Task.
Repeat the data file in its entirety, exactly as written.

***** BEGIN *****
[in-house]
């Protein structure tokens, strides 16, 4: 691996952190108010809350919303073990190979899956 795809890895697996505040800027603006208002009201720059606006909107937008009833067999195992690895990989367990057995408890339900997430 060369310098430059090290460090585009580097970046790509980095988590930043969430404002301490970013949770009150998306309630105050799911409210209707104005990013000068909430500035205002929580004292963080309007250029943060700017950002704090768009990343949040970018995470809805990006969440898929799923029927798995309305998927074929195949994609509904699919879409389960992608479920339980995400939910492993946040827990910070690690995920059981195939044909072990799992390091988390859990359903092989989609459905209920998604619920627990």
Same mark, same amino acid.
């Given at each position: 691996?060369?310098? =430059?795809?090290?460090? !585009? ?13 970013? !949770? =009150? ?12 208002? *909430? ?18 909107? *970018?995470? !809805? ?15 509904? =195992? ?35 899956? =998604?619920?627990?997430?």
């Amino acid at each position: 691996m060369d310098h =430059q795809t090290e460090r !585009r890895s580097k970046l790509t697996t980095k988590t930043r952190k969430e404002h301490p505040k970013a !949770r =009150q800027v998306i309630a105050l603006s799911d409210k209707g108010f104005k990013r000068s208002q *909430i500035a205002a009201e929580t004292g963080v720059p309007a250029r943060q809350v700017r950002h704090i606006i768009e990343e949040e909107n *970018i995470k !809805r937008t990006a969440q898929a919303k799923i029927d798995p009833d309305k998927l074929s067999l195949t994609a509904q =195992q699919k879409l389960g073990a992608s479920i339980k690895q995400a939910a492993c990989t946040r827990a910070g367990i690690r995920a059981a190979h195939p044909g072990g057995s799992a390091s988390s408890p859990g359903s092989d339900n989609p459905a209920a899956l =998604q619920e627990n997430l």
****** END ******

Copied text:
[in-house]
């Protein structure tokens, strides 16, 4: 691996952190108010809350919303073990190979899956 795809890895697996505040800027603006208002009201720059606006909107937008009833067999195992690895990989367990057995408890339900997430 060369310098430059090290460090585009580097970046790509980095988590930043969430404002301490970013949770009150998306309630105050799911409210209707104005990013000068909430500035205002929580004292963080309007250029943060700017950002704090768009990343949040970018995470809805990006969440898929799923029927798995309305998927074929195949994609509904699919879409389960992608479920339980995400939910492993946040827990910070690690995920059981195939044909072990799992390091988390859990359903092989989609459905209920998604619920627990």
Same mark, same amino acid.
């Given at each position: 691996?060369?310098? =430059?795809?090290?460090? !585009? ?13 970013? !949770? =009150? ?12 208002? *909430? ?18 909107? *970018?995470? !809805? ?15 509904? =195992? ?35 899956? =998604?619920?627990?997430?």
């Amino acid at each position: 691996m060369d310098h =430059q795809t090290e460090r !585009r890895s580097k970046l790509t697996t980095k988590t930043r952190k969430e404002h301490p505040k970013a !949770r =009150q800027v998306i309630a105050l603006s799911d409210k209707g108010f104005k990013r000068s208002q *909430i500035a205002a009201e929580t004292g963080v720059p309007a250029r943060q809350v700017r950002h704090i606006i768009e990343e949040e909107n *970018i995470k !809805r937008t990006a969440q898929a919303k799923i029927d798995p009833d309305k998927l074929s067999l195949t994609a509904q =195992q699919k879409l389960g073990a992608s479920i339980k690895q995400a939910a492993c990989t946040r827990a910070g367990i690690r995920a059981a190979h195939p044909g072990g057995s799992a390091s988390s408890p859990g359903s092989d339900n989609p459905a209920a899956l =998604q619920e627990n997430l």